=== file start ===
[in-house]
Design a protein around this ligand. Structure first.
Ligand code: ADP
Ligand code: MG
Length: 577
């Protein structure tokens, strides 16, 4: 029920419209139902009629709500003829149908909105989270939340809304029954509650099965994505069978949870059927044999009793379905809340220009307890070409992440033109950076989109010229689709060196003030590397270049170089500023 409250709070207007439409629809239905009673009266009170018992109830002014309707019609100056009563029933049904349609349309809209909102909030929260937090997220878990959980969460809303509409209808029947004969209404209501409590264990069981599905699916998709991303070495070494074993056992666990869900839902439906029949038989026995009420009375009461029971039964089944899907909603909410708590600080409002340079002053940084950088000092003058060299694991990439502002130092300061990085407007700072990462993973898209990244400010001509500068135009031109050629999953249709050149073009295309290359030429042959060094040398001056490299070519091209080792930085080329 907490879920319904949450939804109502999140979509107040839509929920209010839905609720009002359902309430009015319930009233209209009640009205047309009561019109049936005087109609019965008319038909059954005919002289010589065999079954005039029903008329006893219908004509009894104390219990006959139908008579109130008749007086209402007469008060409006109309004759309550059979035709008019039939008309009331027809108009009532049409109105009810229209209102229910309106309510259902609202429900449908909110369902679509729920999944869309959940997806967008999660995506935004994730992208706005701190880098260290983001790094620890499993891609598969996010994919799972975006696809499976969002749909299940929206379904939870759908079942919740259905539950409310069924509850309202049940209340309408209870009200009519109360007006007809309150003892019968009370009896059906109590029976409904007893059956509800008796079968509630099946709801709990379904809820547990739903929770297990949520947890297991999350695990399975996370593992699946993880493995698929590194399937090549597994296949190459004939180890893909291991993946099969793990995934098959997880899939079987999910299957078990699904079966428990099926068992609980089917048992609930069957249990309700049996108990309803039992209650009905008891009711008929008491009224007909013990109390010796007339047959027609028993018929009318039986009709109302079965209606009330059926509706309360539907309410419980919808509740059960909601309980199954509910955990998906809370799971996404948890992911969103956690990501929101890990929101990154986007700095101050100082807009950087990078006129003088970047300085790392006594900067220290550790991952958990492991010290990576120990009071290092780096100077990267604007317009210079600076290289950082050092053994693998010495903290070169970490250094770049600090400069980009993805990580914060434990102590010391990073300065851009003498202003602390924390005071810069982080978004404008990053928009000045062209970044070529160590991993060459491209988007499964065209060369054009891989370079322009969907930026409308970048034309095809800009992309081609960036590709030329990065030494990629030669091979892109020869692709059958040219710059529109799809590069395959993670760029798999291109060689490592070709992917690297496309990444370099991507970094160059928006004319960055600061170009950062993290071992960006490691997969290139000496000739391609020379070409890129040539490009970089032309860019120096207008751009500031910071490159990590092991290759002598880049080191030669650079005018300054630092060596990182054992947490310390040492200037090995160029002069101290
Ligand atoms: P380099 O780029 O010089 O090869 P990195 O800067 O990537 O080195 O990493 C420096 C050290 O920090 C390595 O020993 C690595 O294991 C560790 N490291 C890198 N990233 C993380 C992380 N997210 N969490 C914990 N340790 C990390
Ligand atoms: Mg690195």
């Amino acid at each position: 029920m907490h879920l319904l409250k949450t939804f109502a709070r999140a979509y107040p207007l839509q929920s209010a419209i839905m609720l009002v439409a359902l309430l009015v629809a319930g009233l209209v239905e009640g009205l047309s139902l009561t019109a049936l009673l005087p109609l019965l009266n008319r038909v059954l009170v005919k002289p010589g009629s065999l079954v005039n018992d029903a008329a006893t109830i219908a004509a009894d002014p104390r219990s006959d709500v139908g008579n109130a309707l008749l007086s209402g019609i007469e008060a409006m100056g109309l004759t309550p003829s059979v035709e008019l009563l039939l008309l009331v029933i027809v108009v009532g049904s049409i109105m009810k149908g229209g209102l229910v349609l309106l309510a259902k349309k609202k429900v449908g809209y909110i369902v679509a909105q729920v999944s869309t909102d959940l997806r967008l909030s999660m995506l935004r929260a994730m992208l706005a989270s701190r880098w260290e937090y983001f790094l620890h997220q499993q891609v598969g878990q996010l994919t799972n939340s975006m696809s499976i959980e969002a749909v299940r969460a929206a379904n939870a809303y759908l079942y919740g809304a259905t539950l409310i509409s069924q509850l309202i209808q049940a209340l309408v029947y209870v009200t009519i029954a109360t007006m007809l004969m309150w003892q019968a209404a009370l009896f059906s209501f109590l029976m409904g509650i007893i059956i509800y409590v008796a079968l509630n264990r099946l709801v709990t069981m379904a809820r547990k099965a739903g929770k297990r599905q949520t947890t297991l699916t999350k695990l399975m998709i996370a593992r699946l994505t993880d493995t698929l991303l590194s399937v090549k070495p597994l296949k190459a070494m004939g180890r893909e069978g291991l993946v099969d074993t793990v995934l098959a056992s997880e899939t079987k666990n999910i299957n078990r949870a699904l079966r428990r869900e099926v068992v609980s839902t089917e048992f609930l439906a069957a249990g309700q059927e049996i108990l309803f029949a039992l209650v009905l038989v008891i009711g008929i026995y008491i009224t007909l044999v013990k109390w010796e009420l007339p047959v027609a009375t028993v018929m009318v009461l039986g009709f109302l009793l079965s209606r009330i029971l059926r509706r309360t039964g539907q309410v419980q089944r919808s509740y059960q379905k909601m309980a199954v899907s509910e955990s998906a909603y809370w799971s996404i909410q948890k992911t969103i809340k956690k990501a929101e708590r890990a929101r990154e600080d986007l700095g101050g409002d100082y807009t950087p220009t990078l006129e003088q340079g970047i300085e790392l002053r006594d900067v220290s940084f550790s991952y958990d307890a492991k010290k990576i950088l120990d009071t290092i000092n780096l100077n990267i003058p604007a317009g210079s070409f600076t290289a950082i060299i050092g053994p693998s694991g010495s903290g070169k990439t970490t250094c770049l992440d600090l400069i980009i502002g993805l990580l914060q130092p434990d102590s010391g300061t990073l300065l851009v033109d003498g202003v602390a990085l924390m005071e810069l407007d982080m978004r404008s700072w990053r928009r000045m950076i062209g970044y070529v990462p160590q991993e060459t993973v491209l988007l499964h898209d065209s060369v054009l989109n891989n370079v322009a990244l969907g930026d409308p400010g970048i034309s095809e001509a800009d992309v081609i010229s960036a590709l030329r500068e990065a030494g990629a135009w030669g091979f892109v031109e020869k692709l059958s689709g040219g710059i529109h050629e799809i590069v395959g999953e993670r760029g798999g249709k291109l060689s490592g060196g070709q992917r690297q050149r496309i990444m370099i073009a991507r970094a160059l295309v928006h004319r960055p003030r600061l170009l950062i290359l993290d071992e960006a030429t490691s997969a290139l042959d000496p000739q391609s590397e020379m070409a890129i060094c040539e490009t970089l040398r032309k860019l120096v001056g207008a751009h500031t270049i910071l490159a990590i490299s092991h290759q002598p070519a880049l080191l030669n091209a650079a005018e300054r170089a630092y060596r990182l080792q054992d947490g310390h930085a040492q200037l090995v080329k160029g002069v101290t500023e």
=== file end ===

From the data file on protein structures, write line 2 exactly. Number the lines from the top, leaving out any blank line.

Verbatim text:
Design a protein around this ligand. Structure first.